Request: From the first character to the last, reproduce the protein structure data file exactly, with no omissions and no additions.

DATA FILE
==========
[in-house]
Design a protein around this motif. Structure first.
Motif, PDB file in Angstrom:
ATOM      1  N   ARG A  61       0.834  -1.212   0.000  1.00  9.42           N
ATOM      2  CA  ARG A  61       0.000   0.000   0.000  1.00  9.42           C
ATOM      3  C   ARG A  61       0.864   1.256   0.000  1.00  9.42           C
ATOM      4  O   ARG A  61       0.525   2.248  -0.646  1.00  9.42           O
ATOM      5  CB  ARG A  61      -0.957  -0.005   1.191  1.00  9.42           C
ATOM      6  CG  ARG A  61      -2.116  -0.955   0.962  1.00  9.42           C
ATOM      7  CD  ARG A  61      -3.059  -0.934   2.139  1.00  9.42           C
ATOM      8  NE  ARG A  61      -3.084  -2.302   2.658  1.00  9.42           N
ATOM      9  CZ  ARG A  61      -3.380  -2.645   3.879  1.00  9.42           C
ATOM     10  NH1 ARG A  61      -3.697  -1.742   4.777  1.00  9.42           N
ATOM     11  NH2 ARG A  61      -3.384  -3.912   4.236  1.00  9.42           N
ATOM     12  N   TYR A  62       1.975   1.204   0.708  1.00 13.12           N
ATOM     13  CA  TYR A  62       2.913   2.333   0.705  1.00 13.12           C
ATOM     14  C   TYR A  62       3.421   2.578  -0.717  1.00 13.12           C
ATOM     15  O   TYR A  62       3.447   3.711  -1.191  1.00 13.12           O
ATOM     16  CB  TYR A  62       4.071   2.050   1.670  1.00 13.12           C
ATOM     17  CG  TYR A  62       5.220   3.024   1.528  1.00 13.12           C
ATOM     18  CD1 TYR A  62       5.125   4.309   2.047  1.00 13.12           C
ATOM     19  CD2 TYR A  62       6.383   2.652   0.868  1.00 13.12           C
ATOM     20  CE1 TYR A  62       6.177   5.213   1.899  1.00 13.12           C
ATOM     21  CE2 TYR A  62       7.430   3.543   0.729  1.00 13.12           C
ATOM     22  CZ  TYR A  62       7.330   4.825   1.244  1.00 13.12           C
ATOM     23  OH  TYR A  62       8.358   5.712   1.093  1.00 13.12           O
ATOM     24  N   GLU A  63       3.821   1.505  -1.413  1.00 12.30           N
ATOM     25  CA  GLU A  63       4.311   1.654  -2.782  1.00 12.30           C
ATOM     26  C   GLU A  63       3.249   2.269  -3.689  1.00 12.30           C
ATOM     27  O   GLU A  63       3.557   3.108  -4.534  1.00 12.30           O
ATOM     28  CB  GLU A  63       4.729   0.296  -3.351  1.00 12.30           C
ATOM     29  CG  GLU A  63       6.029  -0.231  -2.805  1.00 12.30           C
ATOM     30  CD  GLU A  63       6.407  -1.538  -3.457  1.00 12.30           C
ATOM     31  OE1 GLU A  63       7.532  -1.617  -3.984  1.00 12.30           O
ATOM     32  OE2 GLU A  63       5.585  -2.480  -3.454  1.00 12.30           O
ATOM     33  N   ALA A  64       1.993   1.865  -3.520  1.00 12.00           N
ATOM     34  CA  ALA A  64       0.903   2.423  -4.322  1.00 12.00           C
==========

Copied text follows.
[in-house]
Design a protein around this motif. Structure first.
Motif, PDB file in Angstrom:
ATOM      1  N   ARG A  61       0.834  -1.212   0.000  1.00  9.42           N
ATOM      2  CA  ARG A  61       0.000   0.000   0.000  1.00  9.42           C
ATOM      3  C   ARG A  61       0.864   1.256   0.000  1.00  9.42           C
ATOM      4  O   ARG A  61       0.525   2.248  -0.646  1.00  9.42           O
ATOM      5  CB  ARG A  61      -0.957  -0.005   1.191  1.00  9.42           C
ATOM      6  CG  ARG A  61      -2.116  -0.955   0.962  1.00  9.42           C
ATOM      7  CD  ARG A  61      -3.059  -0.934   2.139  1.00  9.42           C
ATOM      8  NE  ARG A  61      -3.084  -2.302   2.658  1.00  9.42           N
ATOM      9  CZ  ARG A  61      -3.380  -2.645   3.879  1.00  9.42           C
ATOM     10  NH1 ARG A  61      -3.697  -1.742   4.777  1.00  9.42           N
ATOM     11  NH2 ARG A  61      -3.384  -3.912   4.236  1.00  9.42           N
ATOM     12  N   TYR A  62       1.975   1.204   0.708  1.00 13.12           N
ATOM     13  CA  TYR A  62       2.913   2.333   0.705  1.00 13.12           C
ATOM     14  C   TYR A  62       3.421   2.578  -0.717  1.00 13.12           C
ATOM     15  O   TYR A  62       3.447   3.711  -1.191  1.00 13.12           O
ATOM     16  CB  TYR A  62       4.071   2.050   1.670  1.00 13.12           C
ATOM     17  CG  TYR A  62       5.220   3.024   1.528  1.00 13.12           C
ATOM     18  CD1 TYR A  62       5.125   4.309   2.047  1.00 13.12           C
ATOM     19  CD2 TYR A  62       6.383   2.652   0.868  1.00 13.12           C
ATOM     20  CE1 TYR A  62       6.177   5.213   1.899  1.00 13.12           C
ATOM     21  CE2 TYR A  62       7.430   3.543   0.729  1.00 13.12           C
ATOM     22  CZ  TYR A  62       7.330   4.825   1.244  1.00 13.12           C
ATOM     23  OH  TYR A  62       8.358   5.712   1.093  1.00 13.12           O
ATOM     24  N   GLU A  63       3.821   1.505  -1.413  1.00 12.30           N
ATOM     25  CA  GLU A  63       4.311   1.654  -2.782  1.00 12.30           C
ATOM     26  C   GLU A  63       3.249   2.269  -3.689  1.00 12.30           C
ATOM     27  O   GLU A  63       3.557   3.108  -4.534  1.00 12.30           O
ATOM     28  CB  GLU A  63       4.729   0.296  -3.351  1.00 12.30           C
ATOM     29  CG  GLU A  63       6.029  -0.231  -2.805  1.00 12.30           C
ATOM     30  CD  GLU A  63       6.407  -1.538  -3.457  1.00 12.30           C
ATOM     31  OE1 GLU A  63       7.532  -1.617  -3.984  1.00 12.30           O
ATOM     32  OE2 GLU A  63       5.585  -2.480  -3.454  1.00 12.30           O
ATOM     33  N   ALA A  64       1.993   1.865  -3.520  1.00 12.00           N
ATOM     34  CA  ALA A  64       0.903   2.423  -4.322  1.00 12.00           C